National Parks and Nature Reserves: A South African Field Guide, by Chris Stuart and Tilde Stuart
In National Parks and Nature Reserves: A South African Field Guide, more than 900 colour photographs, 139 park, vegetation and locator maps, and a 31-page photographic identification guide representing 323 mammal, bird, reptile, amphibian, tree and flower species bring the content vividly to life.
This field guide, National Parks and Nature Reserves: A South African Field Guide, has two main aims: to outline the natural history of the best conservation areas that South Africa has to offer, and to assist the reader in identifying the more common mammals, birds, reptiles, amphibians and plants that occur in its national parks and reserves. The first of this field guide's two sections, and by far the bigger of the two, deals with the natural history of the conservation areas. The second constitutes an extensive selection of images for easy identification of the mammals, birds, amphibians, reptiles, trees and flowers that you may encounter there. Readers will also be able to access a web page (www.parksandreserves.co.za) with a total of 195 comprehensive checklists of vertebrates (mammals, birds, reptiles, amphibians and fish) for each park and reserve we cover in this guide. These downloadable lists are free and contain scientific names for each species as well as their English and Afrikaans common names. In addition, German and French common names are supplied for all the mammal and bird species. The plains, uplands and deserts of South Africa were once the domain of great herds of game, which were closely attended by predators both large and small. The Khoekhoen peoples and the Bantu migrants hunted the game and burned the vegetation, and their domestic animals competed for grazing; but the wholesale slaughter began with the arrival of the first settlers of European origin, and the surviving game was pushed ever northwards and eastwards as more land was fenced for grazing cattle and sheep. Within 300 years the thundering herds were no more, victims of humankind's hunger for land and the insatiable demand for game meat, hides and ivory. South Africa has been at the forefront of conservation efforts from the very beginning. At the end of the 19th century Paul Kruger, president of the Zuid-Afrikaansche Republiek, realized that the great game concentrations he had hunted in his youth were fast disappearing. He was far-sighted enough to proclaim Africa's first formal conservation area, the Pongola Game Reserve, in 1884. The British colonial authorities in Natal proclaimed Umfolozi (now iMfolozi), Hluhluwe and St Lucia as game reserves in 1895. This was followed in 1898 by the establishment of the Sabie Game Reserve, forerunner of the flagship park that was later to carry Kruger's name. Through political expediency, or stupidity, Pongola was deproclaimed in 1921; conservation areas increased very slowly during the first half of the 20th century. In recent decades a growing conservation awareness has resulted in the proclamation of new areas and a great expansion of existing national parks. The conservation areas of South Africa fall into several categories: national parks, game reserves and nature reserves controlled at provincial level, and those that are privately owned. The national parks enjoy the highest level of legal protection, although one (Vaalbos) has been deproclaimed in recent times; human activities are fairly strictly controlled and exploitation of natural resources is greatly limited. Provincial reserves are more vulnerable, partly because of limited resources, funds and staff levels. [...]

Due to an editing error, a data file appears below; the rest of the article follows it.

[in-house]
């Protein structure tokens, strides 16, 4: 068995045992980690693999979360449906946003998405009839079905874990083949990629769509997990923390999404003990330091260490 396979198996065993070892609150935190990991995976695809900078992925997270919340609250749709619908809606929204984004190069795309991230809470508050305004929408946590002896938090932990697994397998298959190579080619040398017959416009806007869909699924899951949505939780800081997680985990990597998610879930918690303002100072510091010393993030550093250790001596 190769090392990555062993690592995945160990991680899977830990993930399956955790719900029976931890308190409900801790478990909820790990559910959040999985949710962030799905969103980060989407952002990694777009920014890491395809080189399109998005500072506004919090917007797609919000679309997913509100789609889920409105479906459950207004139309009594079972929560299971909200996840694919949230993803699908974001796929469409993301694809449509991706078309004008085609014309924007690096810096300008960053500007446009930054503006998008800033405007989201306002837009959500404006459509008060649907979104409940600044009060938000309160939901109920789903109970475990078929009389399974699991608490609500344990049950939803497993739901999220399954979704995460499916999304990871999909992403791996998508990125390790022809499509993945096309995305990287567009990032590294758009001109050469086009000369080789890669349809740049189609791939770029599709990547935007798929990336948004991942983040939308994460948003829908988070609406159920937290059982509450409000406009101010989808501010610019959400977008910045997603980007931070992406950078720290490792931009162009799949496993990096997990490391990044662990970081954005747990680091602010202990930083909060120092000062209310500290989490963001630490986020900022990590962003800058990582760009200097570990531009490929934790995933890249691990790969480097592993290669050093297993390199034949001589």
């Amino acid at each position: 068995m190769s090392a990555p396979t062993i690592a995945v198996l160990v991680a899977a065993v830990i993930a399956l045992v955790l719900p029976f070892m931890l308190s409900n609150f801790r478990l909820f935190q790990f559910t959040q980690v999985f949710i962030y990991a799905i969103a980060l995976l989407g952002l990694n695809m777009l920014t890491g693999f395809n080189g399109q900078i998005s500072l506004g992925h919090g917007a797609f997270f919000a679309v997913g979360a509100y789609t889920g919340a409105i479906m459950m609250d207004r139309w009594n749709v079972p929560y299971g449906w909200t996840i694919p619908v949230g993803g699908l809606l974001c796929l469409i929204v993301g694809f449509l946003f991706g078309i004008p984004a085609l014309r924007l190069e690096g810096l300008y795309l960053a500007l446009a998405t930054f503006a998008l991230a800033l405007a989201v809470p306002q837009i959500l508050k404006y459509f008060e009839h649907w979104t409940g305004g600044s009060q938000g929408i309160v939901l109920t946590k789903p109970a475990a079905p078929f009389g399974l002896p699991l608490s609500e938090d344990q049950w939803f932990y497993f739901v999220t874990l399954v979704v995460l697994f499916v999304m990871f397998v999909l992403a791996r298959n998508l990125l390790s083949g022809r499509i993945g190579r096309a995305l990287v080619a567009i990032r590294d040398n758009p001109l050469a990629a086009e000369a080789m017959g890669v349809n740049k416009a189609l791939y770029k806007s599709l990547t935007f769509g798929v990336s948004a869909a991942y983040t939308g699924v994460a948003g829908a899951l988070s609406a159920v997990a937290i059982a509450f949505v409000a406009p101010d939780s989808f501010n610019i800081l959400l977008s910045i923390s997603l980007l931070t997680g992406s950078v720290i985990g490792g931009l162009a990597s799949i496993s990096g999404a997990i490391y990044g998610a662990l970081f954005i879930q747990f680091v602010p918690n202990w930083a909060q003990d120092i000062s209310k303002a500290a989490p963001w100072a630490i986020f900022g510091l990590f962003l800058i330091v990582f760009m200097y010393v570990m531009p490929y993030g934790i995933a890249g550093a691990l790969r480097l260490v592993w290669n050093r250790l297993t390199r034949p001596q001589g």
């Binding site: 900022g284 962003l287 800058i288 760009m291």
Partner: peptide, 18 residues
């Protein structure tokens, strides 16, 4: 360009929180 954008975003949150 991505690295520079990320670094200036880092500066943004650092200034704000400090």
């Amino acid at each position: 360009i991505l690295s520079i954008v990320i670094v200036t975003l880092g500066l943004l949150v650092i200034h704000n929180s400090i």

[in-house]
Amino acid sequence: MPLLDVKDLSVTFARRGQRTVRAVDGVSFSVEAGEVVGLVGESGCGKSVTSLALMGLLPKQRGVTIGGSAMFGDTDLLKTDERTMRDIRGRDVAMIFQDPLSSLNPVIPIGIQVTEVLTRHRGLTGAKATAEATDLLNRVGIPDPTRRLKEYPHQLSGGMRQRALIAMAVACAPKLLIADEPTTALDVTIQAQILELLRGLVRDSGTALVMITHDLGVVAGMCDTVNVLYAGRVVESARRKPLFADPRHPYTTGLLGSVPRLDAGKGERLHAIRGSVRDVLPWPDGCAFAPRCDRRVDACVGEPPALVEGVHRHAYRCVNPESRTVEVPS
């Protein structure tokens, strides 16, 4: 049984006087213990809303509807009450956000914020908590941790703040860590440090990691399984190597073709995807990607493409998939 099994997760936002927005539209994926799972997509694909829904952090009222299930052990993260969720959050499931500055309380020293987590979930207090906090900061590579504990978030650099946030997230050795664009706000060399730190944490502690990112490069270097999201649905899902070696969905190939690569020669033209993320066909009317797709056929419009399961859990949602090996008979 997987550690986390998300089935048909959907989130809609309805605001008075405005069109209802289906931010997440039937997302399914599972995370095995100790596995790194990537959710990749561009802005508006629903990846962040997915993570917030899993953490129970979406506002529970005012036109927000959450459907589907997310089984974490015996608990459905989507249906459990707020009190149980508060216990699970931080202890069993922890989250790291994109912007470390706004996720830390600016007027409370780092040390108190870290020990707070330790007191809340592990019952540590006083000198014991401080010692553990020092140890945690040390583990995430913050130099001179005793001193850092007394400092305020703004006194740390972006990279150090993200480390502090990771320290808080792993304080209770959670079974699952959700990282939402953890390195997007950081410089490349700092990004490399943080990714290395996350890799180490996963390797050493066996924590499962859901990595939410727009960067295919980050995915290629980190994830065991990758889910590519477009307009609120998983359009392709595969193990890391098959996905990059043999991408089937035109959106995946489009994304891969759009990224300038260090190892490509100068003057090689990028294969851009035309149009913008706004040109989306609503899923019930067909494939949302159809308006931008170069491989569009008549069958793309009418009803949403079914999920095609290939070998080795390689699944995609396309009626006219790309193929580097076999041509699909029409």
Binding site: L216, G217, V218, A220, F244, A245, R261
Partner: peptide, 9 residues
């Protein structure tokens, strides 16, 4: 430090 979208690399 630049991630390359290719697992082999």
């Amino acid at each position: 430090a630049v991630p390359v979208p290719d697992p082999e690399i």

This is an excerpt from the guide: National Parks and Nature Reserves: A South African Field Guide, by Chris Stuart and Tilde Stuart.
Book title: National Parks and Nature Reserves: A South African Field Guide
Authors: Chris Stuart; Tilde Stuart
Imprint: Travel and Heritage
Publisher: Random House Struik
Cape Town, South Africa 2012
ISBN 9781770077423 / ISBN 978-1-77007-742-3
Softcover, 15x21 cm, 320 pages, throughout colour photos
Stuart, Chris und Stuart, Tilde im Namibiana-Buchangebot
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